Ezra Klein had a smart bit of analysis about the role Ted Kennedy could have played on health care were he still with us:
If you know the health-care debate really well, it means a lot to say that Jay Rockefeller and Sherrod Brown support this bill. If you don’t know the debate very well, it means virtually nothing. Kennedy was the only liberal with the stature to sell a painful compromise to the base. [my emphasis]
There aren’t many liberals out there with that kind of stature and with the trust of those to the left, and you only get to use your position this way a limited amount of times. But Paul Krugman today took on this task with his op-ed, largely echoing arguments made by me yesterday, as well as Ezra Klein. First, is from me:
So, to my brethren on the left posting at reddit, and on progressive blogs around the nation, remember this: Be angry the bill has been undermined. Be angry that various interest groups have gotten their way at the expense of the majority. But keep perspective, and see which direction the bill moves us. And ask: Does it create a framework of exchanges and subsidies that can improve our health care system? Does it bring us closer to universal health insurance? Will it be easier to add a public option to this structure in the years ahead if, as seems likely, the health insurance industries continue their abusive behaviors, than to start anew?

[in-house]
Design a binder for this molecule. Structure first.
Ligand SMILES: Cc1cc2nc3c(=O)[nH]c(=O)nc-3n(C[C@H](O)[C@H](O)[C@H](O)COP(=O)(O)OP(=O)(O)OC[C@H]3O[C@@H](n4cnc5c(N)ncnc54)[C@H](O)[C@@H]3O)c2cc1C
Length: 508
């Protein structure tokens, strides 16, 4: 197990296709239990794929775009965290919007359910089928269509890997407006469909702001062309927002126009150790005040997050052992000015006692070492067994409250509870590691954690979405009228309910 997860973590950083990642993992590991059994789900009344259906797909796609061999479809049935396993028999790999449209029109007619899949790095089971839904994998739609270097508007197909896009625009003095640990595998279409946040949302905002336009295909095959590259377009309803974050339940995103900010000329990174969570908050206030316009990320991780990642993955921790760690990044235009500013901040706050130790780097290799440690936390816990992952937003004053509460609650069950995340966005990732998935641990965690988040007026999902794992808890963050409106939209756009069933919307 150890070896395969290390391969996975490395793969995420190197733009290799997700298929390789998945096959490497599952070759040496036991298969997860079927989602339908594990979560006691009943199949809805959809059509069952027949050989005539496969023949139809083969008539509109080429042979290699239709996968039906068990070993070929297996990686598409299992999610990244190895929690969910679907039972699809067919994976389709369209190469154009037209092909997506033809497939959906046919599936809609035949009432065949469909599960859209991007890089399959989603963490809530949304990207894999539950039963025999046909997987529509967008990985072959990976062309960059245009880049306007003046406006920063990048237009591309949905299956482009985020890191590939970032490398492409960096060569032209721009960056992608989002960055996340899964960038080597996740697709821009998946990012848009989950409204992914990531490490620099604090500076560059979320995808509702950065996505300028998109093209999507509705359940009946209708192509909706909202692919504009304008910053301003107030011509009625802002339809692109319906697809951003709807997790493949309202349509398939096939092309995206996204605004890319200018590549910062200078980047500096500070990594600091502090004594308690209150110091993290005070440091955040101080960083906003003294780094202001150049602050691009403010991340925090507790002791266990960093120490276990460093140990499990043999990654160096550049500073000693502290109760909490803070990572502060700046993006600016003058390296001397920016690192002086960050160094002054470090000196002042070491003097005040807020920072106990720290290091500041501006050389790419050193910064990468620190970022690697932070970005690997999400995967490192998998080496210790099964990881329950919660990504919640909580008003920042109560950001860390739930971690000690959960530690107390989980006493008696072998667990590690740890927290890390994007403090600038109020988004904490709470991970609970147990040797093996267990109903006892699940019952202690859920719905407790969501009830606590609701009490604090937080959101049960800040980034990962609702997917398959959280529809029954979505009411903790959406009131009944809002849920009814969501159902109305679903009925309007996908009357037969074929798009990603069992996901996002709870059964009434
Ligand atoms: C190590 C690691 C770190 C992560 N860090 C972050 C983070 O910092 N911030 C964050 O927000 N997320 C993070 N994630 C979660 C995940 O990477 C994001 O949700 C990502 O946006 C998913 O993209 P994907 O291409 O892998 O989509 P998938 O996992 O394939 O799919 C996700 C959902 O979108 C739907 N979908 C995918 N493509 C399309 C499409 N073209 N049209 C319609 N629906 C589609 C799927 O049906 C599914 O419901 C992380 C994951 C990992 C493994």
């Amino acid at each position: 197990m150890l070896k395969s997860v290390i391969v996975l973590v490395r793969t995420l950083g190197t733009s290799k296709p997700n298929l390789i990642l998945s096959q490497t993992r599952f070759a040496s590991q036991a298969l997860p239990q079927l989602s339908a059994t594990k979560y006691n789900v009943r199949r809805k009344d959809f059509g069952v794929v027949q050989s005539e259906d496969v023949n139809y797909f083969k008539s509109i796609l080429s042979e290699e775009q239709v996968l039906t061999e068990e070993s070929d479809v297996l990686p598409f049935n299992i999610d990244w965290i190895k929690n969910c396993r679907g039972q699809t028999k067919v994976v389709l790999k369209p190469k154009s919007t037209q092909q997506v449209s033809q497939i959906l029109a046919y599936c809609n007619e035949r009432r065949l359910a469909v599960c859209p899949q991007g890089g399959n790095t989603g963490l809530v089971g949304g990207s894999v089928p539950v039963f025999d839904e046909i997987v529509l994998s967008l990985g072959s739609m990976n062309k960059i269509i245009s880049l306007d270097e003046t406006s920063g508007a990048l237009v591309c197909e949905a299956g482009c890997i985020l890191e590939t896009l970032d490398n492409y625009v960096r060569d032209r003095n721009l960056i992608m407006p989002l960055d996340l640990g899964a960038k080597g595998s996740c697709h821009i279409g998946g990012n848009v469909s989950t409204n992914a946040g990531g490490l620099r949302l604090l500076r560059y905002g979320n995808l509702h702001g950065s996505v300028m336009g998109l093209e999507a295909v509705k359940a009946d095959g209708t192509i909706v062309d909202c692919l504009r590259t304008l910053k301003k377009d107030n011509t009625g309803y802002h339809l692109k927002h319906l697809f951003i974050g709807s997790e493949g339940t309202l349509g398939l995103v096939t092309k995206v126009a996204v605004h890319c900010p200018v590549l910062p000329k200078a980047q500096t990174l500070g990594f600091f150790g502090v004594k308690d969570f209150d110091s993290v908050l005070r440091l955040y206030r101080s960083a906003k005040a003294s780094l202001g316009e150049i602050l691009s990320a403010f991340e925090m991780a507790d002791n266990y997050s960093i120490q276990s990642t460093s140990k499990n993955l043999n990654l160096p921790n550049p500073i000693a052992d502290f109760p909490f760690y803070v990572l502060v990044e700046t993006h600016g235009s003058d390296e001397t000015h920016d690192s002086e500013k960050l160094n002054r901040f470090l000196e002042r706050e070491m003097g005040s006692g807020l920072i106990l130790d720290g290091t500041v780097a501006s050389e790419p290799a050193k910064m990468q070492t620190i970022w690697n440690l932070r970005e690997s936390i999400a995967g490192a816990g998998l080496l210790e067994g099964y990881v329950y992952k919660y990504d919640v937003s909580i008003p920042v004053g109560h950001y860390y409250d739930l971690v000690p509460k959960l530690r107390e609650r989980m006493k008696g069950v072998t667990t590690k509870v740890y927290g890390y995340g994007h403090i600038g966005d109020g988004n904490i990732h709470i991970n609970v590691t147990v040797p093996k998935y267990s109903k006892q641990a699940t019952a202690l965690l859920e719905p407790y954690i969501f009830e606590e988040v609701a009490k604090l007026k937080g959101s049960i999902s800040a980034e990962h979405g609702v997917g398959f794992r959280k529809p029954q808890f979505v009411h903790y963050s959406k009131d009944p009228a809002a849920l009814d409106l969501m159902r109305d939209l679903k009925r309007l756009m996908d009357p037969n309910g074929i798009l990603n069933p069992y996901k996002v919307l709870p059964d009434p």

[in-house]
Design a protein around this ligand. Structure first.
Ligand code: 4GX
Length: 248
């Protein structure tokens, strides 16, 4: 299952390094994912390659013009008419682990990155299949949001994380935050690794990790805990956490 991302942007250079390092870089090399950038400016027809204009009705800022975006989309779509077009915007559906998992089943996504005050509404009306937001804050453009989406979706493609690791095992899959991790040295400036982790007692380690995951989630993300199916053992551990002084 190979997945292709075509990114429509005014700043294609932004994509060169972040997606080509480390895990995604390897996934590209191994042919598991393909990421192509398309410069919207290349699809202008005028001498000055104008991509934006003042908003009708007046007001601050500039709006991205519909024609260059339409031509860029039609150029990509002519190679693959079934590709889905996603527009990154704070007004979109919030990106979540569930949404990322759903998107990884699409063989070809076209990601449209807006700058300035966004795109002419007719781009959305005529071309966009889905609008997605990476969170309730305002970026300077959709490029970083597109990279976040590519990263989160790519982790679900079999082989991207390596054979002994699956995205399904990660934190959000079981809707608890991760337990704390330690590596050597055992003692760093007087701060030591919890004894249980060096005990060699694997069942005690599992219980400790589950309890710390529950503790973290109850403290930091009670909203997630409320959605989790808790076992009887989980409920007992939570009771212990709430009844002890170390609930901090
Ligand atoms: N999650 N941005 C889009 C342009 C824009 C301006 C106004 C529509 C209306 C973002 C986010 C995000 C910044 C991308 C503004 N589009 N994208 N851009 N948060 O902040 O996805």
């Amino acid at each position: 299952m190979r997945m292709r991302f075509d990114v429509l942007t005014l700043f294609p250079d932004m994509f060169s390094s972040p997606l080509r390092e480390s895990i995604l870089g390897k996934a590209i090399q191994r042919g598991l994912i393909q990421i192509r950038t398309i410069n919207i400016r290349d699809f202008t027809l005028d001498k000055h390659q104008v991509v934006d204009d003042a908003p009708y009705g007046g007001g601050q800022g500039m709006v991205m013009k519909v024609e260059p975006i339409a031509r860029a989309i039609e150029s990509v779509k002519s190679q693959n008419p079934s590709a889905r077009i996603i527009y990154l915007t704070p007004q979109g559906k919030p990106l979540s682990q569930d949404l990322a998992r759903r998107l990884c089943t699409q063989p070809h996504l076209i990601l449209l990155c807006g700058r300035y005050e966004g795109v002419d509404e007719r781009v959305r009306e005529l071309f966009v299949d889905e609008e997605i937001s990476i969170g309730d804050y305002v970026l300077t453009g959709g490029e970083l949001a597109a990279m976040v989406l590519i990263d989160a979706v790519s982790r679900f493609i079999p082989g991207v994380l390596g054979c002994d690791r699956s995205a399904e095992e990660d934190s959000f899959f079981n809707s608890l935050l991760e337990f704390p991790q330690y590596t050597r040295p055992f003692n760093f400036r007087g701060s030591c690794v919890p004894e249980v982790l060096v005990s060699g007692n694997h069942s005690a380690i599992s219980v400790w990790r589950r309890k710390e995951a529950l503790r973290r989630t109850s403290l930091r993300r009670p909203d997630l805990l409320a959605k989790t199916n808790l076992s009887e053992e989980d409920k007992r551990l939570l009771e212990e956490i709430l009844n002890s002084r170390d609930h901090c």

The answers are clearly, Yes, Yes, and Yes.
As a progressive, as a liberal, you don’t have to be happy about supporting this bill. But you should support it.
And now Krugman:
A message to progressives: By all means, hang Senator Joe Lieberman in effigy. Declare that you’re disappointed in and/or disgusted with President Obama. Demand a change in Senate rules that, combined with the Republican strategy of total obstructionism, are in the process of making America ungovernable.
But meanwhile, pass the health care bill.
[Image licensed under the GNU Free Documentation License.]